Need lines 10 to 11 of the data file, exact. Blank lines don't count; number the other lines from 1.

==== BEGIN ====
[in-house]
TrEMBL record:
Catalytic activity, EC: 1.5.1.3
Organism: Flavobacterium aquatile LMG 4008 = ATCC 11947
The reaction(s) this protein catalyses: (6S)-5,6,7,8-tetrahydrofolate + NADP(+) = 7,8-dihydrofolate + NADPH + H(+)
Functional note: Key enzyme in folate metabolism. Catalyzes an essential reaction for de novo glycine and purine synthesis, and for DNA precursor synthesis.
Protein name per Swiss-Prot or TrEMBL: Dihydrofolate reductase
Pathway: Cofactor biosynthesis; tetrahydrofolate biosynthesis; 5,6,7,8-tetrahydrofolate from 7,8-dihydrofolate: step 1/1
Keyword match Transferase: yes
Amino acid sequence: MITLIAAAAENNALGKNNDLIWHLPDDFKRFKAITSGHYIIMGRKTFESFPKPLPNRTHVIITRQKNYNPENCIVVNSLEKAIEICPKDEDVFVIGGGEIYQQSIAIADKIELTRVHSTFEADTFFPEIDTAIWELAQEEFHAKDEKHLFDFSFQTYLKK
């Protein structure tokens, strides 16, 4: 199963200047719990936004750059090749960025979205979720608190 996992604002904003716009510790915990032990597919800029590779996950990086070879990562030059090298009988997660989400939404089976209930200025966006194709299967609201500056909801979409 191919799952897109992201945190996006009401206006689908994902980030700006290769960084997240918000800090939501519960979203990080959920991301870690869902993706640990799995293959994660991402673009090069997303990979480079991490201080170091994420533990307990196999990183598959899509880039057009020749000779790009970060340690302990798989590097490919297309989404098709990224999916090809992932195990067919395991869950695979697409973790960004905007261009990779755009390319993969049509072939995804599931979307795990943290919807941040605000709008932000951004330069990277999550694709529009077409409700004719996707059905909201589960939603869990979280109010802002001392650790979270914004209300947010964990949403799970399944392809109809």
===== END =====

Amino acid sequence: MITLIAAAAENNALGKNNDLIWHLPDDFKRFKAITSGHYIIMGRKTFESFPKPLPNRTHVIITRQKNYNPENCIVVNSLEKAIEICPKDEDVFVIGGGEIYQQSIAIADKIELTRVHSTFEADTFFPEIDTAIWELAQEEFHAKDEKHLFDFSFQTYLKK
């Protein structure tokens, strides 16, 4: 199963200047719990936004750059090749960025979205979720608190 996992604002904003716009510790915990032990597919800029590779996950990086070879990562030059090298009988997660989400939404089976209930200025966006194709299967609201500056909801979409 191919799952897109992201945190996006009401206006689908994902980030700006290769960084997240918000800090939501519960979203990080959920991301870690869902993706640990799995293959994660991402673009090069997303990979480079991490201080170091994420533990307990196999990183598959899509880039057009020749000779790009970060340690302990798989590097490919297309989404098709990224999916090809992932195990067919395991869950695979697409973790960004905007261009990779755009390319993969049509072939995804599931979307795990943290919807941040605000709008932000951004330069990277999550694709529009077409409700004719996707059905909201589960939603869990979280109010802002001392650790979270914004209300947010964990949403799970399944392809109809």